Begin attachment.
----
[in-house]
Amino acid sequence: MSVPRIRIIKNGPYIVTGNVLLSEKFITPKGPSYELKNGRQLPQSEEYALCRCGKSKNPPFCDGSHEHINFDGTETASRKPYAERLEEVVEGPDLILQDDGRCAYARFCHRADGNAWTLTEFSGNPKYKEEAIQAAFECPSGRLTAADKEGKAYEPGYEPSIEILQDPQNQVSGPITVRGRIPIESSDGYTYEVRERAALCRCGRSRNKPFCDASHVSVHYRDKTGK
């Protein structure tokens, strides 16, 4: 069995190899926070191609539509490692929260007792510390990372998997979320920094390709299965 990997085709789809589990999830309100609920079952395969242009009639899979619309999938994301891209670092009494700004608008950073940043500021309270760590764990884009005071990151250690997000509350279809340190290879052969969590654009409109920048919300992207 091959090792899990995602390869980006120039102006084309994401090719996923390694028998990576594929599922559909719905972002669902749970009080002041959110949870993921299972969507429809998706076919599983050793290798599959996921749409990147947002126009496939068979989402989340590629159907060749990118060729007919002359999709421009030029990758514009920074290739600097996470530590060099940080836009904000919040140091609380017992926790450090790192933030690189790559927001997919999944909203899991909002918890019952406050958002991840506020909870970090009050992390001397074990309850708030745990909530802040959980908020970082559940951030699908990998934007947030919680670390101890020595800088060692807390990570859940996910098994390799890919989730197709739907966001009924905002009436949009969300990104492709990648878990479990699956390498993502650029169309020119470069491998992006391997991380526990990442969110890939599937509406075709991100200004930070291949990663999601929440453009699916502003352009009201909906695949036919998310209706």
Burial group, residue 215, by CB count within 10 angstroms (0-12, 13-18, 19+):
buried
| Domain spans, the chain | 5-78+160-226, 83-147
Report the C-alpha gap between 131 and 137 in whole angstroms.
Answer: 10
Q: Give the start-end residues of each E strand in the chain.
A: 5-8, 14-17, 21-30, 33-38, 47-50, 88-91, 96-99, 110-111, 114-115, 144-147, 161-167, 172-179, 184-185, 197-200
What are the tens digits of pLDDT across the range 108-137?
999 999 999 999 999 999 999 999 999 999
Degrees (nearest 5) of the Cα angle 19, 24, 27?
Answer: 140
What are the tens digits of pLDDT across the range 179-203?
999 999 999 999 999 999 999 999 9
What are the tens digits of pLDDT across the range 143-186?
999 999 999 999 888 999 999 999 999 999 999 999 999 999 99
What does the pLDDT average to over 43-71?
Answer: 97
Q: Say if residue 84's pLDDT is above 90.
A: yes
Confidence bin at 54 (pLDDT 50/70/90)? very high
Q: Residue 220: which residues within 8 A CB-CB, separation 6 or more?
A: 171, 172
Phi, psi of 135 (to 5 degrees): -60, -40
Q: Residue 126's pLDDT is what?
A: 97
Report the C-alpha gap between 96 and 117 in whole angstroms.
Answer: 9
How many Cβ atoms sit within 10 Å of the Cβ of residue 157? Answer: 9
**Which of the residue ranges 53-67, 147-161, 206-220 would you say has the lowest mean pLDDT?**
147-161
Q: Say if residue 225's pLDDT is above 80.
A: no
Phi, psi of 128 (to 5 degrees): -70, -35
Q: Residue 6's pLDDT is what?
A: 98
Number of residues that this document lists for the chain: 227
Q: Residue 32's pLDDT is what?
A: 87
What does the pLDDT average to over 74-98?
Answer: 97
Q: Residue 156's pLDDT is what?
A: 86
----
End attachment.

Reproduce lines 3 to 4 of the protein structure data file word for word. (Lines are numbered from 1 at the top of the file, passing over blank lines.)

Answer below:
């Protein structure tokens, strides 16, 4: 069995190899926070191609539509490692929260007792510390990372998997979320920094390709299965 990997085709789809589990999830309100609920079952395969242009009639899979619309999938994301891209670092009494700004608008950073940043500021309270760590764990884009005071990151250690997000509350279809340190290879052969969590654009409109920048919300992207 091959090792899990995602390869980006120039102006084309994401090719996923390694028998990576594929599922559909719905972002669902749970009080002041959110949870993921299972969507429809998706076919599983050793290798599959996921749409990147947002126009496939068979989402989340590629159907060749990118060729007919002359999709421009030029990758514009920074290739600097996470530590060099940080836009904000919040140091609380017992926790450090790192933030690189790559927001997919999944909203899991909002918890019952406050958002991840506020909870970090009050992390001397074990309850708030745990909530802040959980908020970082559940951030699908990998934007947030919680670390101890020595800088060692807390990570859940996910098994390799890919989730197709739907966001009924905002009436949009969300990104492709990648878990479990699956390498993502650029169309020119470069491998992006391997991380526990990442969110890939599937509406075709991100200004930070291949990663999601929440453009699916502003352009009201909906695949036919998310209706």
Burial group, residue 215, by CB count within 10 angstroms (0-12, 13-18, 19+):